For this, we should be grateful. Any number of other pianists hosted by the Philadelphia Chamber Music Society convey being part of a performance tradition with incredible technique at their disposal. Serkin, though, was otherworldly, which, of course, is the essence of this Beethoven. I found it easy to tolerate the coarse octave strikes he brought to the first movement of the miraculous Sonata in E Flat Major ("Les Adieux"), because of the disorientation Serkin heightened in the fragmented development of the main theme. This is Beethoven questioning business as usual, and Serkin answered with equal provocation. Playing it slowly accentuated just how strange some corners of this piece are - the stuttered thematic treatment, the disquietingly sudden changes in direction, contrasted with the serenely descending repeated opening intervals.
Technique arrived uneasily in the third movement, which only sent the oddly scintillating dramatic message that anything could happen at any point.
The program itself was unexpected. Two soulful and unusual works opened: the Capriccio in A Minor by Jan Pieterszoon Sweelinck, a Dutch master (and, incredibly, pre-Bach), and Nielsen's sprawling Opus 40 Theme and Variations. Serkin underlined Sweelinck's organ lineage and sense of struggle in a work forever laboring up or down in half steps. The pianist's expressiveness in the highly variable Nielsen was a series of fully formed visits to starkly different emotional landscapes.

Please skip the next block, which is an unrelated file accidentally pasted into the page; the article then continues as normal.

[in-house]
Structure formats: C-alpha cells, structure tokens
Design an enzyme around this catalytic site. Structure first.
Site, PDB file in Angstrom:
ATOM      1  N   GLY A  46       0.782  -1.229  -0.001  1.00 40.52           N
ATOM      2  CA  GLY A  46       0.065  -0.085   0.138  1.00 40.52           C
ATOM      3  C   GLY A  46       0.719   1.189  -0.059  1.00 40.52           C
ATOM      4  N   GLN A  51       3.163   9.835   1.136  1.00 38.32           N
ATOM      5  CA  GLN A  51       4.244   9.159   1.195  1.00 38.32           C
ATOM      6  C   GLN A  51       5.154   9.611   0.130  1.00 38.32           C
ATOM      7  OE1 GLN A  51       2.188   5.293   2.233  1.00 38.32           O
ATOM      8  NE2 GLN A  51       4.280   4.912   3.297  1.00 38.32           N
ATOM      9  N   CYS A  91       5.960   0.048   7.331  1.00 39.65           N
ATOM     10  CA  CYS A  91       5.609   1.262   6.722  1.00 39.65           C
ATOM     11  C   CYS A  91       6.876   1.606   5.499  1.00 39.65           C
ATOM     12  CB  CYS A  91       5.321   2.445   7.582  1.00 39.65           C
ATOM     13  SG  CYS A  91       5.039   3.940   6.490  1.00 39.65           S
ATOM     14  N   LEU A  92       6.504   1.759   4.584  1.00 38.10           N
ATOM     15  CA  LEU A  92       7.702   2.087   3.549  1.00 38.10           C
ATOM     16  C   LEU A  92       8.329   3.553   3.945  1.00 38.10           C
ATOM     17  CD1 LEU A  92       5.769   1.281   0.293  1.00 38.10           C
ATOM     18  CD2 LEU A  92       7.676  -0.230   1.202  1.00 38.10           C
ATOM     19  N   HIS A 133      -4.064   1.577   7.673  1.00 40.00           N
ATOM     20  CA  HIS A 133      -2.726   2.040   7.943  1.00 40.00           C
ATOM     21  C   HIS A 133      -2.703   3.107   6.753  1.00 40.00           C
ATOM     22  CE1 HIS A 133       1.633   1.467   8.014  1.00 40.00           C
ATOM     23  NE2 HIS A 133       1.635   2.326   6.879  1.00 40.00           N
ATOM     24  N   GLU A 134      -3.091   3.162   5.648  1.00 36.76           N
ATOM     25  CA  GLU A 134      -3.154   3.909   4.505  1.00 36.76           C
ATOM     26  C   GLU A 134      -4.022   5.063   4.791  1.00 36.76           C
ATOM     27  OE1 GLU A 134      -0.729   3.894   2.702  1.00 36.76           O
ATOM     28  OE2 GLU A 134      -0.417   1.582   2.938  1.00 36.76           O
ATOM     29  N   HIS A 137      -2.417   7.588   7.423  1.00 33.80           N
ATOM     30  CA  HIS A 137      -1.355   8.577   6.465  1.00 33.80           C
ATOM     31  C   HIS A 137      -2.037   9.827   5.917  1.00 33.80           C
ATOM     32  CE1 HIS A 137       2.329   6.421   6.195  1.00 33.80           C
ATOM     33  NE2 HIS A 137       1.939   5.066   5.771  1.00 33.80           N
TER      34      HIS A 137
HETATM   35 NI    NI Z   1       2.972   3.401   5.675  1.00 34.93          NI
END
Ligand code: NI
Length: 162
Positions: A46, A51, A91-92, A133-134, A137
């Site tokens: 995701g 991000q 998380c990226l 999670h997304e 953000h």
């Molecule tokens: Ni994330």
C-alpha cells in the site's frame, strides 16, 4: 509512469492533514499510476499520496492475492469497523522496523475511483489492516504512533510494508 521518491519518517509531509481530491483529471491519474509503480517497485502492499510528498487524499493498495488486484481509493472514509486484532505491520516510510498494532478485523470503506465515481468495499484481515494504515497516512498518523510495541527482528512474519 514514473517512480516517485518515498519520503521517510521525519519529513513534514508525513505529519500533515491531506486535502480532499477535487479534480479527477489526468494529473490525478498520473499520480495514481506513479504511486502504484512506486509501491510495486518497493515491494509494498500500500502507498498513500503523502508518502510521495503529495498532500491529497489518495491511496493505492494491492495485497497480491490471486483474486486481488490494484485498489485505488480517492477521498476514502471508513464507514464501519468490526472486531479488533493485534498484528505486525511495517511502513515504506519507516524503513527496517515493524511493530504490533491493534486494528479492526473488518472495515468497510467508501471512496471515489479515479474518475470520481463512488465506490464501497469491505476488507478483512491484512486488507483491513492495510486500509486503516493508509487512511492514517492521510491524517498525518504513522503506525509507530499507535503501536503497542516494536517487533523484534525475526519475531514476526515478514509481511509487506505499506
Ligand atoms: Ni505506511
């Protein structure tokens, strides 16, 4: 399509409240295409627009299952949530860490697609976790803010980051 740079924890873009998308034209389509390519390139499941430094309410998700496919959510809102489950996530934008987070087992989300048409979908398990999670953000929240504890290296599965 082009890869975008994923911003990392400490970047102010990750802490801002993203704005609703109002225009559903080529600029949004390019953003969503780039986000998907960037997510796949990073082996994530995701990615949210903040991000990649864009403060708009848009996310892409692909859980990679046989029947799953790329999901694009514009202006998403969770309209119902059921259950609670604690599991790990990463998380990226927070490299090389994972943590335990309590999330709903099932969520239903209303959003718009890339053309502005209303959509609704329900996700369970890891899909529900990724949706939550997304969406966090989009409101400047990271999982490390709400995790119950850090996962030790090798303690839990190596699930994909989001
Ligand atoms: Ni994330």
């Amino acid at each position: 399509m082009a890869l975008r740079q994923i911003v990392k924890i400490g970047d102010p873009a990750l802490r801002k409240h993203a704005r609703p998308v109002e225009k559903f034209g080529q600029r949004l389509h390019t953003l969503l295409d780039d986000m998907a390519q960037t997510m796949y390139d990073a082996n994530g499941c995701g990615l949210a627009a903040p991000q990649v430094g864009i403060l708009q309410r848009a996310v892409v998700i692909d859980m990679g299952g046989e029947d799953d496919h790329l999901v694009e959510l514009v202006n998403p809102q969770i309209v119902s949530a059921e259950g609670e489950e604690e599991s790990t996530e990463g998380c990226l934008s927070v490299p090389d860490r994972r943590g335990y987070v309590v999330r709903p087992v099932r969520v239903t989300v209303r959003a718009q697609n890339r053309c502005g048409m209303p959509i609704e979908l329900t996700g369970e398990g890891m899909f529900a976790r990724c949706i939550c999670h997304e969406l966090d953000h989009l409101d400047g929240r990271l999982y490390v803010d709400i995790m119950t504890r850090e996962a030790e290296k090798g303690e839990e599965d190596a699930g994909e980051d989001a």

Charles Wuorinen's 2007 Scherzo made you hope Serkin was getting paid by the note. Rabidly atonal, prone to slipping across the keyboard, its expressive intentions were left unclear. It did not fare well next to Beethoven's Opus 126 Six Bagatelles, which arrived, even now, like pure innovation. Serkin's view of the music was intensely personal.
But why this encore choice? After all that flying in the face of convention, the third movement of Beethoven's Sonata No. 25 in G (Op. 79) seemed a simpleton.